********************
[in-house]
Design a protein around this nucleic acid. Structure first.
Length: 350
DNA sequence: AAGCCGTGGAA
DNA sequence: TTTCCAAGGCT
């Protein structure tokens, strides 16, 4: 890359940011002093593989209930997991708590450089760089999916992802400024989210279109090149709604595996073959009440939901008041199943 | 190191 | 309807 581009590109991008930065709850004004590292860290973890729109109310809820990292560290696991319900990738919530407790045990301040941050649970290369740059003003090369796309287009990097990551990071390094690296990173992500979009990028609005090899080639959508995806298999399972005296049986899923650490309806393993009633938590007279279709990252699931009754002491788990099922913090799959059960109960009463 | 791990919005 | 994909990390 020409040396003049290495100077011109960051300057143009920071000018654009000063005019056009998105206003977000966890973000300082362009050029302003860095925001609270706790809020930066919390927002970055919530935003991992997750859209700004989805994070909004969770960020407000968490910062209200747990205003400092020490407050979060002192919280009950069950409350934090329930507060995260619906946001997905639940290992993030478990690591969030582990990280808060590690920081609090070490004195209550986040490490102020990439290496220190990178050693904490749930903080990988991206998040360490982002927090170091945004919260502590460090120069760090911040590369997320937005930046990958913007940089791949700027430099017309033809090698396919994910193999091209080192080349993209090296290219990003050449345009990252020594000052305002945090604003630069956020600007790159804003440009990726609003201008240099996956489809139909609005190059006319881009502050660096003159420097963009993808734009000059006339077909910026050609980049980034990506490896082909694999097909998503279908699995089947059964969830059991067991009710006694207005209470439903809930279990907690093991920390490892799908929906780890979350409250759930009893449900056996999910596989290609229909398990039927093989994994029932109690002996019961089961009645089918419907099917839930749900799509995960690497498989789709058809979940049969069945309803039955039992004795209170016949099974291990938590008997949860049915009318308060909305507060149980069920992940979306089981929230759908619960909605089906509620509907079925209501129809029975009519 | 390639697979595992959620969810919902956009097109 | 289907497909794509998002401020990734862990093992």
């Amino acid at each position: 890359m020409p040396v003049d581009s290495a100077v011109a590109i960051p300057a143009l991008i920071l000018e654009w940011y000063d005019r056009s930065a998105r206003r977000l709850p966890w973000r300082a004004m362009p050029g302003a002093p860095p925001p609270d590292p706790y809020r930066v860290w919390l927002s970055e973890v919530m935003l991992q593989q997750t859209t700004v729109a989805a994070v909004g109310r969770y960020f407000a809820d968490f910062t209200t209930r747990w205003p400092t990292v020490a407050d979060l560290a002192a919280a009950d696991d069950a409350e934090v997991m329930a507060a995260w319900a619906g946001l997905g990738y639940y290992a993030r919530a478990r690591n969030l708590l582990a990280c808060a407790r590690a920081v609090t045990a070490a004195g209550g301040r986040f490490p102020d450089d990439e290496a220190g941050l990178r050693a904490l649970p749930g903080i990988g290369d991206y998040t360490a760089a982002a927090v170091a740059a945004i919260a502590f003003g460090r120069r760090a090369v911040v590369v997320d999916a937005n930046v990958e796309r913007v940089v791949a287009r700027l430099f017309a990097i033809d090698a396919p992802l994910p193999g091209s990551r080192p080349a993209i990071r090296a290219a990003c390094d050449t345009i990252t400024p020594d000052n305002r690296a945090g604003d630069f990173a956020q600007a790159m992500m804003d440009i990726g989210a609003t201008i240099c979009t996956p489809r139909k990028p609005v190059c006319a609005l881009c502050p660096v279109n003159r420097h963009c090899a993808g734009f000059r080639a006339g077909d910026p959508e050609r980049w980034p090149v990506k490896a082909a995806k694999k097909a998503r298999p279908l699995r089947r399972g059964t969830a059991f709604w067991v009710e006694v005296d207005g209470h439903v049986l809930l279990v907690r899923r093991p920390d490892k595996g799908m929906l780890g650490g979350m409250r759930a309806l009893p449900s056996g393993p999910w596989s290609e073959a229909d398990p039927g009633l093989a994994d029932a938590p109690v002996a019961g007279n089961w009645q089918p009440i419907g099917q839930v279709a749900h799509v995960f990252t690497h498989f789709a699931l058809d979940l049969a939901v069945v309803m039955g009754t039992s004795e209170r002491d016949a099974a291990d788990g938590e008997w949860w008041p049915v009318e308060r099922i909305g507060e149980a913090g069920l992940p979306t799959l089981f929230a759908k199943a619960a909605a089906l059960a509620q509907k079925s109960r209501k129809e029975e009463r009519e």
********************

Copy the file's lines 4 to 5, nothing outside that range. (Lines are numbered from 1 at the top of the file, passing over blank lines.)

DNA sequence: AAGCCGTGGAA
DNA sequence: TTTCCAAGGCT